LUV4JFK From United States of America, joined Dec 2003, 462 posts, RR: 0 Posted (9 years 2 months 4 weeks 1 day 4 hours ago) and read 1545 times:
As dumb as the Bermuda II is, which only allows 2 airlines from the UK & the US to fly from Heathrow to the US, I've always wanted to know why did Virgin Atlantic get the rights to fly to the US over BMI? I know that BMI was not offering trans Atlantic flights for many years and recently re-instated trans Atlantic service from Manchester to the US, but it would seem to make more sense if BMI was able to fly trans Atlantic. After all, they are the 2nd most dominate airline at LHR and would provide MUCH better connections than Virgin Atlantic throughout Europe. What are your opinions about it?
John F. Kennedy International Airport: Where America Greets The World.
FlyCaledonian From United Kingdom, joined Dec 2003, 1965 posts, RR: 3 Reply 2, posted (9 years 2 months 4 weeks 1 day 4 hours ago) and read 1494 times:
It wasn't until the late 80s (Possibly early 90s?) that even VS was able to operate from LHR to the USA. British Caledonian was fighting for most of the 1980s to get access to LHR, both for its US and other longhaul flights. When BA took them over in 1988 it only left a fledging VS as the UK's longhaul competition. At the time they were granted LHR access, including transatlantic rights, British Midland wasn't interested in longhaul - it was developing in its role of providing competetion to BA from LHR on domestic and European routes. It is only in recent years that BD's attention has switched to providing its own longhaul services, something which can only be good for the UK market. Just remains a question of how to you grant BD transatlantic rights from LHR, and get CO, NW, US and DL into there without stripping BA of hundreds of slots!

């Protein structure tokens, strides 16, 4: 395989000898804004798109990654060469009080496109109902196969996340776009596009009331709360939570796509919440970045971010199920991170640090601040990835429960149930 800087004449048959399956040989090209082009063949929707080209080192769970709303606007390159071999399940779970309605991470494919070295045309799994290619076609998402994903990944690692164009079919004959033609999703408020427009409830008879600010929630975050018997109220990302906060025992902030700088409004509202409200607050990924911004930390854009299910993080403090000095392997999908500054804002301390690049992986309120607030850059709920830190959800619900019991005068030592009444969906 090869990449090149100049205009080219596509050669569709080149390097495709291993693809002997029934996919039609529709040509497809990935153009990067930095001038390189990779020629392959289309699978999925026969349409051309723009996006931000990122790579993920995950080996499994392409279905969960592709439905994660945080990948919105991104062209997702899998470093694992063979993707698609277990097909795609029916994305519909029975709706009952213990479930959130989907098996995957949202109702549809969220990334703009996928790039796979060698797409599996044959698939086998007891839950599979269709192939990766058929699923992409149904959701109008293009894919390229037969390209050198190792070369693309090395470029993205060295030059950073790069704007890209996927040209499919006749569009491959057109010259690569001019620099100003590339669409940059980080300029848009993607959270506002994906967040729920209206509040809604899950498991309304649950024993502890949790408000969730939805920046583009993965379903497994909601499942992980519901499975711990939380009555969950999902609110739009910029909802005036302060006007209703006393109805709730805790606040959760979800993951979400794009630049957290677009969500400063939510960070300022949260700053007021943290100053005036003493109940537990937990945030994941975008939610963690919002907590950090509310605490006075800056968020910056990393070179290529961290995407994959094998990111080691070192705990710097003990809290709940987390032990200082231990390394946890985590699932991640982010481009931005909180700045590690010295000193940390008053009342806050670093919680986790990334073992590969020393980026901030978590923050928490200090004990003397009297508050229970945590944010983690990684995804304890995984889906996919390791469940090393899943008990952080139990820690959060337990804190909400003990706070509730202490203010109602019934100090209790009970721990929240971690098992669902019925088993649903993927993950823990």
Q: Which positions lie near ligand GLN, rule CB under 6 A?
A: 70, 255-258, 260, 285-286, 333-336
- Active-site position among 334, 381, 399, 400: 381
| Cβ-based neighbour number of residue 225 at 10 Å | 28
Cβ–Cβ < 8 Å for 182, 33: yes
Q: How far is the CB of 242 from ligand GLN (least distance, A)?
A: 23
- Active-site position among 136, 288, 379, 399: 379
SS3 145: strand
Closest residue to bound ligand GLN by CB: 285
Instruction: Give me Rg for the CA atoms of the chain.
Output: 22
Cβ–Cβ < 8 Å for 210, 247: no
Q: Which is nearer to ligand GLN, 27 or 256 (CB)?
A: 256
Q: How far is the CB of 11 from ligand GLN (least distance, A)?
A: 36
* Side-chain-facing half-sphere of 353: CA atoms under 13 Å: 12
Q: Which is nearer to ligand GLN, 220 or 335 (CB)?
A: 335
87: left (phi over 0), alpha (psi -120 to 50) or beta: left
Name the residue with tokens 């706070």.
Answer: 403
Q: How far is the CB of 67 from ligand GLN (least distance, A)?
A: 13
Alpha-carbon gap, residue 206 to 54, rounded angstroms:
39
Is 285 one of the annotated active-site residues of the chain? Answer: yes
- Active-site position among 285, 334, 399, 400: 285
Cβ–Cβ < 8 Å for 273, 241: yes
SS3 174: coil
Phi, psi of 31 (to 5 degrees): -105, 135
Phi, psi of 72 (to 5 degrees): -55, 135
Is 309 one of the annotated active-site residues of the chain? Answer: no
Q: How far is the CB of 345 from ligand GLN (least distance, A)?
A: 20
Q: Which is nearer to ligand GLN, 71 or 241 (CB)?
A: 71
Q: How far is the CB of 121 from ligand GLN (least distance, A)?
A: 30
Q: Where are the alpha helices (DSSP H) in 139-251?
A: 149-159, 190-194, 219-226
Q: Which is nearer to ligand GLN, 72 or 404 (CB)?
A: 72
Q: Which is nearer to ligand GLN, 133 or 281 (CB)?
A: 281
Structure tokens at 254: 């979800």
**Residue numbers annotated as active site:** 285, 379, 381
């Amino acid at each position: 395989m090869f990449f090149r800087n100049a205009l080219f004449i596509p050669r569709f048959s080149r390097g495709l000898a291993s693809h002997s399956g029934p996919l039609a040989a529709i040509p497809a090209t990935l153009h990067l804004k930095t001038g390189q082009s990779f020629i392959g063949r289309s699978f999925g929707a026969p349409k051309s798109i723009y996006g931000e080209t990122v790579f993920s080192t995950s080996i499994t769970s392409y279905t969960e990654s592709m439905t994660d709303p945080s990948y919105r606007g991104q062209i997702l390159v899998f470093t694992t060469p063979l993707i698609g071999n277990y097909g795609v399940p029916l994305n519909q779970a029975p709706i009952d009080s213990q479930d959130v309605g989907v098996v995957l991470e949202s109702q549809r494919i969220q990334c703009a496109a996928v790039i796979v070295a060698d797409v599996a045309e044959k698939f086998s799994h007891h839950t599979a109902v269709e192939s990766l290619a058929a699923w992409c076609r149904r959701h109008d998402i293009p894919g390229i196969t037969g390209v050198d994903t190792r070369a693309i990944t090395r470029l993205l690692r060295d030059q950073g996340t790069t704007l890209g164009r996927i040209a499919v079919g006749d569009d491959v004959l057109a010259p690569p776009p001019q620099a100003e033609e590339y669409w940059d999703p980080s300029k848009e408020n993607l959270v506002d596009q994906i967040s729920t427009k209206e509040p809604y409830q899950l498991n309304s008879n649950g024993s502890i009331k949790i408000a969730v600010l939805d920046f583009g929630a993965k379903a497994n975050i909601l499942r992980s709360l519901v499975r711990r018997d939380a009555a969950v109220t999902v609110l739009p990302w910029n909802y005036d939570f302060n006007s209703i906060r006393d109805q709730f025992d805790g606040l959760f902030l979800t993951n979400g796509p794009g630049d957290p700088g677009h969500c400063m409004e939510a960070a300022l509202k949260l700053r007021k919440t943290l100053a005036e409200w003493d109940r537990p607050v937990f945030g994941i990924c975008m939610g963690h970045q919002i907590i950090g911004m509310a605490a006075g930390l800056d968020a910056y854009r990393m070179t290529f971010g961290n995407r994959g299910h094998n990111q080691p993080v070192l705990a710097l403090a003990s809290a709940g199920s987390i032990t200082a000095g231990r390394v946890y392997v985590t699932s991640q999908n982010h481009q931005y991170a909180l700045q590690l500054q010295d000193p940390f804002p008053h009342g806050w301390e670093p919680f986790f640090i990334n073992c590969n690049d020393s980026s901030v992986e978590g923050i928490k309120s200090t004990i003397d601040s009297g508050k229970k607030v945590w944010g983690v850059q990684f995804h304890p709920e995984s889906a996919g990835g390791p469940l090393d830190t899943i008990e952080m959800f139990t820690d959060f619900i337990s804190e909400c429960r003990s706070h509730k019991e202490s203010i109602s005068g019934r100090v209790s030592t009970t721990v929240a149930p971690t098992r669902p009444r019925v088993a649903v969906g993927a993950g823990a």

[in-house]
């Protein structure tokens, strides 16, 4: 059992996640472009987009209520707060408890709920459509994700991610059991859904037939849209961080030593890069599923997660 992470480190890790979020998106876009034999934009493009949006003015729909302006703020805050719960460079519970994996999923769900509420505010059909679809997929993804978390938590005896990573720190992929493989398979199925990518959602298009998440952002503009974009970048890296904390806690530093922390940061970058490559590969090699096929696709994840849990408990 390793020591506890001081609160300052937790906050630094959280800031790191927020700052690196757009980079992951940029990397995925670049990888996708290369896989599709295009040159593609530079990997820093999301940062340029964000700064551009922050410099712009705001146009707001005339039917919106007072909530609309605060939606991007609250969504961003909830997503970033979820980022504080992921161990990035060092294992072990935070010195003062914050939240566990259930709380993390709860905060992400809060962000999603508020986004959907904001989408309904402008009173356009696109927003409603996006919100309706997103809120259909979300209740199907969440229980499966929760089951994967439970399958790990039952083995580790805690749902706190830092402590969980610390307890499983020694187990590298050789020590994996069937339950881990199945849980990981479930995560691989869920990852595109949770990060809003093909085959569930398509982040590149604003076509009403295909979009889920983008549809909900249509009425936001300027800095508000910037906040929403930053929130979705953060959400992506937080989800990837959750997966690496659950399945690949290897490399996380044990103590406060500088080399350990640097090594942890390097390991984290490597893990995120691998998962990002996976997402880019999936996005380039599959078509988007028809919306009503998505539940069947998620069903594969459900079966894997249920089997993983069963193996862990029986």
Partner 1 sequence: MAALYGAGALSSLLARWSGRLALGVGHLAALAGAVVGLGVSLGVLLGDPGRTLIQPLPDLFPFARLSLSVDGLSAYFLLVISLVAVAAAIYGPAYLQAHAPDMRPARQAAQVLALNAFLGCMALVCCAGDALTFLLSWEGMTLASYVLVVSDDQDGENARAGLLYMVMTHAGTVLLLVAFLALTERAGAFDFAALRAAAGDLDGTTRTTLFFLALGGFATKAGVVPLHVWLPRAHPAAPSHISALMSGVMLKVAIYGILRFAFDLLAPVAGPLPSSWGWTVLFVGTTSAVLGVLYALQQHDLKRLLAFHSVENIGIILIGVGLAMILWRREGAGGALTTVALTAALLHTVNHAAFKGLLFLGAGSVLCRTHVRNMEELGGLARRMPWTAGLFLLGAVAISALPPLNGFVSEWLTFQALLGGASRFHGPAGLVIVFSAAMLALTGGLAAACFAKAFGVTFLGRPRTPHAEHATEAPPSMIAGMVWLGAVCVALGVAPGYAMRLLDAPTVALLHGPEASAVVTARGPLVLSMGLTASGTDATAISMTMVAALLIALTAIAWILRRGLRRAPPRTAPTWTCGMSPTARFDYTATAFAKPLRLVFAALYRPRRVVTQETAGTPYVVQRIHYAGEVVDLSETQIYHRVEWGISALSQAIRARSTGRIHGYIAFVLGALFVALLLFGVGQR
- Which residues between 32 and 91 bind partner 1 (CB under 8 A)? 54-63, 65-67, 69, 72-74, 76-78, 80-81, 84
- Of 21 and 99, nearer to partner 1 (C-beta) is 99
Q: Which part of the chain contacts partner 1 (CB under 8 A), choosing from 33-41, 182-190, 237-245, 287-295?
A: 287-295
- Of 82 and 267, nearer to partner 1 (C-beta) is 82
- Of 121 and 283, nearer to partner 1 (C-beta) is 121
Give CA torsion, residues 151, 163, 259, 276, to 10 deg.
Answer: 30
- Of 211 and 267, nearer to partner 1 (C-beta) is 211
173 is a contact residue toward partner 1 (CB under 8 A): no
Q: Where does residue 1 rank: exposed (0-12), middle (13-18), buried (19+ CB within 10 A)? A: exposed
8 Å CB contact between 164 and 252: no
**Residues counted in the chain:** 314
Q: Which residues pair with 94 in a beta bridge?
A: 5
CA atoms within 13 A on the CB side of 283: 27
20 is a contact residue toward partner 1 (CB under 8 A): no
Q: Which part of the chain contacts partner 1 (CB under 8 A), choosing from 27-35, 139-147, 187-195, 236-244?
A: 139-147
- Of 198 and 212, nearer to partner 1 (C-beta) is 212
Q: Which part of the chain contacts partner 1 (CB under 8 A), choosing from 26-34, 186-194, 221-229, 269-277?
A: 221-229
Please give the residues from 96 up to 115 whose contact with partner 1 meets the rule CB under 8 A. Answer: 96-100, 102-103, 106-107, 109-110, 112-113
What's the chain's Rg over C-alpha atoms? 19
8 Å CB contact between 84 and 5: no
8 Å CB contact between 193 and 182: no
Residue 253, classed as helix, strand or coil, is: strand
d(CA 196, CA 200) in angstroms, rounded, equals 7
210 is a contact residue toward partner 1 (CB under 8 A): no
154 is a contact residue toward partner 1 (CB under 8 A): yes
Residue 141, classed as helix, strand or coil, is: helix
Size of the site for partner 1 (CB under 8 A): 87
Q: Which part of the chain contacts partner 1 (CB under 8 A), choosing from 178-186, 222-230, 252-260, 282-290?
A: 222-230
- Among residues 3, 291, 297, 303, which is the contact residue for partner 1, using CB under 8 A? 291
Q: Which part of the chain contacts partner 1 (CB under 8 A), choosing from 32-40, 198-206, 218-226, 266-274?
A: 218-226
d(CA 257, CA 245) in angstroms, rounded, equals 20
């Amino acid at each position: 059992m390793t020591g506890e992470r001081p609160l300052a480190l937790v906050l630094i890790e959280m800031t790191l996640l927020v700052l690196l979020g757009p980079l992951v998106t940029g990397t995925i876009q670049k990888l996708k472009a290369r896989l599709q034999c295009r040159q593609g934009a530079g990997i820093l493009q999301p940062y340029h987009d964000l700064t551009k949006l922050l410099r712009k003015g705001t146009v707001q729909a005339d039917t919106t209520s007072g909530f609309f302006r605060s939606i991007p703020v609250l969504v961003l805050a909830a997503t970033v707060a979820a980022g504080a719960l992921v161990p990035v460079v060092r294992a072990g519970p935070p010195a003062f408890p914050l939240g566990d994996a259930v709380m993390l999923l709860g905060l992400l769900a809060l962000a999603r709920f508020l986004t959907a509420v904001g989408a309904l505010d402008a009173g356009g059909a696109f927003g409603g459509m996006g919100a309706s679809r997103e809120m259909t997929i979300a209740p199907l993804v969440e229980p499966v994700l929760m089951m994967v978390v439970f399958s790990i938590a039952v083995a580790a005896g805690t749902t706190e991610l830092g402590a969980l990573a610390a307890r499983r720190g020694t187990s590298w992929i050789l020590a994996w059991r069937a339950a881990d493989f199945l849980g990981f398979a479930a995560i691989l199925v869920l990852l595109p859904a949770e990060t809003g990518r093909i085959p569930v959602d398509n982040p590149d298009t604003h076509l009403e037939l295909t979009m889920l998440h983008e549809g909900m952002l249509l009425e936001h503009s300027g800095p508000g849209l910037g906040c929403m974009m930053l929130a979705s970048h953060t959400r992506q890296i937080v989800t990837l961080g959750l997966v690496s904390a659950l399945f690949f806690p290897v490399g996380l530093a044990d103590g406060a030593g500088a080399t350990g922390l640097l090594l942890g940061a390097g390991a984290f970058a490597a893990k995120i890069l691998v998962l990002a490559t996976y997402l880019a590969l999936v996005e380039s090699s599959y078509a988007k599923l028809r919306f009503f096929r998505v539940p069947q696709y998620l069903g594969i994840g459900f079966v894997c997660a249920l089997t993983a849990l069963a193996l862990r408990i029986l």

Richard28 From United Kingdom, joined Aug 2003, 1570 posts, RR: 6 Reply 3, posted (9 years 2 months 4 weeks 1 day 3 hours ago) and read 1477 times:
Its all a question of timing, in the summer of 1987 when BA took over B-Cal, there was then only one british long-haul airline flying Bermuda routes.
VS stepped in and became this second carrier, British Midland could have stepped in, but I guess they missed their opportunity.
It would be nice for Bermuda 2 to be ditched, however given slot issues I doubt this could happen until the third runway is in place, and of course it is politically correct to do it - unless the EU forces the UK's hand.
FlyCaledonian From United Kingdom, joined Dec 2003, 1965 posts, RR: 3 Reply 6, posted (9 years 2 months 3 weeks 6 days 6 hours ago) and read 1193 times:
Crewrest, this one is now largely in the hands of the EU who are wanting to negotiate an EU-US deal. They argue that by negotiating on behalf of the 25 member states (Come May) they should be able to get a better deal. LHR though is, and will remain, the big sticking point concerning the UK.